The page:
and, that they don't even offer this functionality as an option ?

When no Current is being demanded from what ever Load is connected to the Generator,
there is almost zero Load being placed on the Engine,
so the Engine's Governor closes the Throttle almost completely,
even though the Engine is still turning over ~3000-rpm.
This means that the Engine's Fuel-Consumption drops dramatically,
because the only Load is the Internal-Friction of the Engine, and the Cooling-Fan.

You don't need to know the RPM of the Generator to get the functionality that You are asking for,
only that there is a "completed-Circuit" on one of the Generator's Outputs.

The Output-Voltage is quite low at Idle-Speeds,
so a completed-Circuit, ( a demand for Power ), may be a little tricky to detect reliably.

You also can't have any Loads that may get wacky with a
slow Voltage/Frequency increase like some certain types of Electronics.

Motors, and Resistive-Loads will probably tolerate the slow Voltage/Frequency increase.
.
.
.
 

Thread Starter

dandy1

Joined Sep 30, 2017
178
Update

I broke out the Arduino and here are the results:

RPM OUTPUT.JPG

Accurate and very usable. Not a single glitch in 10 mins of testing - follows the rev profile perfectly. Big thank you to
Ian0

Any issues with overshoot can be dispelled. I connected the circuit up to 3.95v, with the arduino running on 5.12, do the math if you like but the highest ADC value came back 790 which works out 3.95v.

ADC.JPG
 

strantor

Joined Oct 3, 2010
6,811
Cool! Good job!

If I'm reading that correctly (just going off the first group of 5 lines) you have a square wave or square-ish wave with on/off times measured in μS, with a duty cycle of roughly 85% and frequency of 51.68Hz, corresponding to an engine speed of ~3,100 RPM. Is that about right?

I was not aware Arduino can measure time in microseconds. I thought it is rather limited in that regard with only mS capability. Apparently I am wrong. Would you mind sharing that part of the code which you are using to get the on/off time in μS?
 

Thread Starter

dandy1

Joined Sep 30, 2017
178
Cool! Good job!

If I'm reading that correctly (just going off the first group of 5 lines) you have a square wave or square-ish wave with on/off times measured in μS, with a duty cycle of roughly 85% and frequency of 51.68Hz, corresponding to an engine speed of ~3,100 RPM. Is that about right?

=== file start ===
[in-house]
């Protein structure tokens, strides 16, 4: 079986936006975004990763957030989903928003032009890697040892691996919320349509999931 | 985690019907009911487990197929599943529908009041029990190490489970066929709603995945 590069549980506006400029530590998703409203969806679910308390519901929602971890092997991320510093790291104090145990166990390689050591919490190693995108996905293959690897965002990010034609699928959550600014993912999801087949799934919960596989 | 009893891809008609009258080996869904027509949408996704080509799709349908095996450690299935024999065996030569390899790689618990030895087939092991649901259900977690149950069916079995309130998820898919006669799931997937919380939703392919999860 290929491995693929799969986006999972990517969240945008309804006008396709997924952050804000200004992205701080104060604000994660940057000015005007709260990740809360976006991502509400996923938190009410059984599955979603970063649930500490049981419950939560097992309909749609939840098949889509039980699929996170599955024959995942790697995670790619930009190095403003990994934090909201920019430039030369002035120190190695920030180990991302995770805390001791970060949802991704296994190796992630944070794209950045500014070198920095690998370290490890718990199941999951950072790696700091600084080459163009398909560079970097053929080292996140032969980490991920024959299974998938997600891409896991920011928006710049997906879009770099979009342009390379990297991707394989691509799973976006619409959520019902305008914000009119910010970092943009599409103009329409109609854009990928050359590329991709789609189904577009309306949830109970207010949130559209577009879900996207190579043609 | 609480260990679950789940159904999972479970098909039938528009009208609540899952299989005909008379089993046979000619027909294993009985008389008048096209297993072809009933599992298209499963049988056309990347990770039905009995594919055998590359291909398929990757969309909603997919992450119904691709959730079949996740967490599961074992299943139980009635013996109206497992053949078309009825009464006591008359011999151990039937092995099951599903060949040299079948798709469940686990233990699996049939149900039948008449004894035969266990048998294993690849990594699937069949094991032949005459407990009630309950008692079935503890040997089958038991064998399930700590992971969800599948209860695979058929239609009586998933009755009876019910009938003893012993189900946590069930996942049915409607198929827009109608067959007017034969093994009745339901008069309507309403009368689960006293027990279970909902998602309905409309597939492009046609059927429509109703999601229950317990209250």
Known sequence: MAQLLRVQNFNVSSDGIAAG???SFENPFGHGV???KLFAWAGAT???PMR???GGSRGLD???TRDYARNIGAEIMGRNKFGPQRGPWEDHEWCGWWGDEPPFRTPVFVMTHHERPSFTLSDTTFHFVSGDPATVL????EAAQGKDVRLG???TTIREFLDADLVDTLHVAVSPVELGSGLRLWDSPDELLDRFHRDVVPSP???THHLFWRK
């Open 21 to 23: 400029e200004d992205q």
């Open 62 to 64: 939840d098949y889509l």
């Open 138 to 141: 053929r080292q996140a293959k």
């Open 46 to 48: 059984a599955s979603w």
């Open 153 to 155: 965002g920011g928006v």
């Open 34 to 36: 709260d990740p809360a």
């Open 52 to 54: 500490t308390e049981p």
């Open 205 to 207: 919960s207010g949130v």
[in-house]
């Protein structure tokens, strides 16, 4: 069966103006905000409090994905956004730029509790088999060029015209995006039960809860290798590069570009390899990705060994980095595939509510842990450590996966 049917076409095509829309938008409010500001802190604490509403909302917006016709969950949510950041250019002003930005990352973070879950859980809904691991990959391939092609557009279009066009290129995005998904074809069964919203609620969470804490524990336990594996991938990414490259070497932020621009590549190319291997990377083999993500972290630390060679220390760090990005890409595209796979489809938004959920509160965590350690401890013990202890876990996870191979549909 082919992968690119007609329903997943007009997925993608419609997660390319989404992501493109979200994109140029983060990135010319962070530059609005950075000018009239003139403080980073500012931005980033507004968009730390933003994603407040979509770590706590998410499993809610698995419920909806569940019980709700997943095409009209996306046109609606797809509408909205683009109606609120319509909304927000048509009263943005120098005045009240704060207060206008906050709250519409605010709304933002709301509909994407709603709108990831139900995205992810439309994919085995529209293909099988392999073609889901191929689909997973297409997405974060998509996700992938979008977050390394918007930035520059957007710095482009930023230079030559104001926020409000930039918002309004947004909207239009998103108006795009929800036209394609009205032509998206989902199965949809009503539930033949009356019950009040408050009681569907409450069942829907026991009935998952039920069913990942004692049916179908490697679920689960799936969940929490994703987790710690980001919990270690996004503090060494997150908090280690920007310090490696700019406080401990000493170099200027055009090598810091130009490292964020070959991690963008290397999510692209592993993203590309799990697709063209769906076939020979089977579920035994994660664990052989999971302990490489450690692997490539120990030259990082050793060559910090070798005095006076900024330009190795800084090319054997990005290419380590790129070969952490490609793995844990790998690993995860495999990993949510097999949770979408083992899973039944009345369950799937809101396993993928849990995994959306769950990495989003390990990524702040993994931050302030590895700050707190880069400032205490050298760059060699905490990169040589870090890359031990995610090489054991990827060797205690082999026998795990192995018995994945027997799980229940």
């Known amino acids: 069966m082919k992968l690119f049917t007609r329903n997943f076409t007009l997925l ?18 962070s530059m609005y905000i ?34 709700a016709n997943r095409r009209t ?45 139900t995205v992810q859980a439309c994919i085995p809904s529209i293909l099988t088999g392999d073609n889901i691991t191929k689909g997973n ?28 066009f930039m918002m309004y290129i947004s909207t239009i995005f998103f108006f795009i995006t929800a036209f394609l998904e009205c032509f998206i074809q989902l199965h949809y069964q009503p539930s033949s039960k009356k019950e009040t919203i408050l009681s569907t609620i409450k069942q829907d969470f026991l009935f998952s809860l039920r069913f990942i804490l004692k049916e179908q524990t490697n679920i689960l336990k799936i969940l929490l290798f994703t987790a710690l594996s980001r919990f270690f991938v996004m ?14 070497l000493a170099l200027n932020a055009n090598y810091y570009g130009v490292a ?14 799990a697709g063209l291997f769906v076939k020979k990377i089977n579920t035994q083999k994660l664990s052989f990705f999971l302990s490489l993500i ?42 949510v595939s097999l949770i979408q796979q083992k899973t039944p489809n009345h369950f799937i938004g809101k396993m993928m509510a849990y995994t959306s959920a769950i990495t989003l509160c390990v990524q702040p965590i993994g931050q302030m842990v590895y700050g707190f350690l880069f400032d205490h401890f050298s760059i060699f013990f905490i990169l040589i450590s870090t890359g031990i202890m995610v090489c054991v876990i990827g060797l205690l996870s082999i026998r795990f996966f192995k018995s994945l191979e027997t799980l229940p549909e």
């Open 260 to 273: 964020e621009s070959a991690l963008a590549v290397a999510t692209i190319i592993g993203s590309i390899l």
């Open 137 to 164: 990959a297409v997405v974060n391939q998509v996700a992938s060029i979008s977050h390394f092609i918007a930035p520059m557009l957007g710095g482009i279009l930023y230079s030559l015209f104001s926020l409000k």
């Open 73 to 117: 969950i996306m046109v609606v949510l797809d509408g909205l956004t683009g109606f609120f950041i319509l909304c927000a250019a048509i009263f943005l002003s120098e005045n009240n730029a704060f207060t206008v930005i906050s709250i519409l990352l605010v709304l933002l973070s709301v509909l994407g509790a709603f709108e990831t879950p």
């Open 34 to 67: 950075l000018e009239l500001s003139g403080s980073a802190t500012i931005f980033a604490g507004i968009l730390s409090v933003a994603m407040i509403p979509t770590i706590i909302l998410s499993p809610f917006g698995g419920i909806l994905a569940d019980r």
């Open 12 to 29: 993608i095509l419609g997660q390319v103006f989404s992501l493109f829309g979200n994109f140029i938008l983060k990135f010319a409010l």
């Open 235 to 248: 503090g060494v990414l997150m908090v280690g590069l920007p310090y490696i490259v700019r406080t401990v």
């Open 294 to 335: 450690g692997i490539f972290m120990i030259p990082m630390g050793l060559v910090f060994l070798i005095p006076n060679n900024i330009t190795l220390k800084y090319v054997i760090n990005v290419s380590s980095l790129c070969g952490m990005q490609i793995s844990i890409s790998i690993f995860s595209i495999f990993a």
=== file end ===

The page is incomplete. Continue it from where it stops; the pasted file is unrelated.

I was not aware Arduino can measure time in microseconds. I thought it is rather limited in that regard with only mS capability. Apparently I am wrong. Would you mind sharing that part of the code which you are using to get the on/off time in μS?
int pulsePin = 8;
unsigned long pHigh;
unsigned long pLow;
unsigned long Rinterval;
void setup() {
pinMode (pulsePin, INPUT);
Serial.begin(9600);
}
void loop(){
for (int i = 0; i < 5; )
{
pHigh = pulseIn(pulsePin, HIGH);
pLow = pulseIn(pulsePin, LOW);
Rinterval = pHigh + pLow;
Serial.print("HIGH ");Serial.print(pHigh);Serial.print("\t");Serial.print("LOW ");Serial.print(pLow);
Serial.print("\t");Serial.print("INTERVAL ");Serial.println(Rinterval);
i++;
}
Serial.println(" NEXT");
}
 
Last edited:

strantor

Joined Oct 3, 2010
6,811
int pulsePin = 8;
unsigned long pHigh;
unsigned long pLow;
unsigned long Rinterval;
void setup() {
pinMode (pulsePin, INPUT);
Serial.begin(9600);
}
void loop(){
for (int i = 0; i < 5; )
{
pHigh = pulseIn(pulsePin, HIGH);
pLow = pulseIn(pulsePin, LOW);
Rinterval = pHigh + pLow;
Serial.print("HIGH ");Serial.print(pHigh);Serial.print("\t");Serial.print("LOW ");Serial.print(pLow);
Serial.print("\t");Serial.print("INTERVAL ");Serial.println(Rinterval);
i++;
}
Serial.println(" NEXT");
}
Thanks! I have somehow managed to never learn of pulseIn. This is very useful.
 
Top